Tips For Getting Kids To Try New Foods On Vacation

Posted on: 6 October 2016

When you set out for a vacation with your family, what may be truly dancing through your mind are all the delectable foods you can try once you get to your destination. Whether you're dreaming of authentic tacos in Mexico, delicious chocolate in Belgium, or sweet treats in a different place entirely, family fun destinations are made all that much more special with specialty foods. If your little ones may hesitate to be as adventurous as you are when it comes to trying new foods, try these tips to open their minds and their taste buds.

Show Your Child How Yummy the Food Is

Be the first to dive in and try a new food. Show your child how yummy you think it is by showing delight on your face and then discussing exactly what was so great about the specialty foods. Encourage adults and older kids at the table to join in doing this well. Just be sure to let them know that they shouldn't show obvious disgust if they don't like a dish. Because taste buds differ, kids should get the chance to encourage new foods on their own as long as there aren't any extreme reasons why a kid wouldn't like it such as too much spice.

Reward an Adventurous Taster

Offer positive reinforcement when your child tries a new food. This should start by heaping generous praise on the child for daring to try new foods. Talk about why that's such a good thing and how that can help the child in other ways, too. Brag on the child to another parent or relative who was not there during the tasting. You may offer other kind of rewards, too, such as letting the child decide what to do next or allowing them to pick where you go for the next meal.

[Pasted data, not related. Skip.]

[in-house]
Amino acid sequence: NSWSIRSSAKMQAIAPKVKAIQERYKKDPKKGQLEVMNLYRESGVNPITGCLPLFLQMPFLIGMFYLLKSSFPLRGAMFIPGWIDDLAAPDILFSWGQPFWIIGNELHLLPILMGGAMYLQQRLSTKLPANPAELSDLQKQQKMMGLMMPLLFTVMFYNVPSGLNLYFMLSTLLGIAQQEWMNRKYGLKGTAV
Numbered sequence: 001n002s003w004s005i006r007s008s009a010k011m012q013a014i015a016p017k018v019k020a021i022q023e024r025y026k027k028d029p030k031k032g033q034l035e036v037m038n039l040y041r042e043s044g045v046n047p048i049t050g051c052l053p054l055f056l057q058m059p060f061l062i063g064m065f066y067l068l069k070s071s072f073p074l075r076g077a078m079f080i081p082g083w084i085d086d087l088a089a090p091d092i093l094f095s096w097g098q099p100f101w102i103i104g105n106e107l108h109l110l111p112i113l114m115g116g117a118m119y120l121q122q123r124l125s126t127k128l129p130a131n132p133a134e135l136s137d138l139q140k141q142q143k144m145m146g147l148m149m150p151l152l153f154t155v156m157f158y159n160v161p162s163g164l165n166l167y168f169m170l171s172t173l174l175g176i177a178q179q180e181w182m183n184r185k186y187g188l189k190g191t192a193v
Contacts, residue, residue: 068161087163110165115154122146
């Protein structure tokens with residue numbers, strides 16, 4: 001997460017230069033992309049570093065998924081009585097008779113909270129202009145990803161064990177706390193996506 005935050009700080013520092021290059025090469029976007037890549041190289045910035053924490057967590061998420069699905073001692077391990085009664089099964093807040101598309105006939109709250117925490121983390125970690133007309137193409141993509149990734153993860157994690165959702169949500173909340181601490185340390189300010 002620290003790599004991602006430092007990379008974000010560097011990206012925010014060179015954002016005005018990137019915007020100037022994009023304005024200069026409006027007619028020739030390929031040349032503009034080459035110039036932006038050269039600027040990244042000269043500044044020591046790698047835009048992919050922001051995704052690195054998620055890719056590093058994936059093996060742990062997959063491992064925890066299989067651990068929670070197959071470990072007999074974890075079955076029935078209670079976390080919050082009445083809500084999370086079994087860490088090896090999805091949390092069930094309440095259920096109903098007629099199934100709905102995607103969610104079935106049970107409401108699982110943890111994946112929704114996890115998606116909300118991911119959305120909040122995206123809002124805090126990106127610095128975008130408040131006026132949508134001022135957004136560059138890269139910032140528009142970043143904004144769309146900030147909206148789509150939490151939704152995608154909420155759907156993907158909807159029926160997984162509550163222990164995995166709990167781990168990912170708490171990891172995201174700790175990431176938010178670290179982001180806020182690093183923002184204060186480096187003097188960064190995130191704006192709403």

Ask Positive, Open-Ended Questions

One way to help picky eaters open up their minds to trying new foods is to figure out where they're coming from when they clam up. Understanding their fears can allow you to help them work through them. Some examples of open-ended questions you may ask include:

  • It looks like you don't want to taste this yummy custard. What are you afraid it may taste like?
  • What happened the last time you ate something that you didn't like?
  • If you don't like this, you don't have to eat any more than one bite. How do you feel about that?
  • What advice would give to a child who was scared of trying your favorite food?

Finally, keep in mind that these methods work on many children, but try to customize them to the exact needs of your child. When you stay positive and focus on enjoying each experience of your vacation at your family fun destination, your children will have a better time, too. That's a win-win situation for all and sets you up for a great getaway.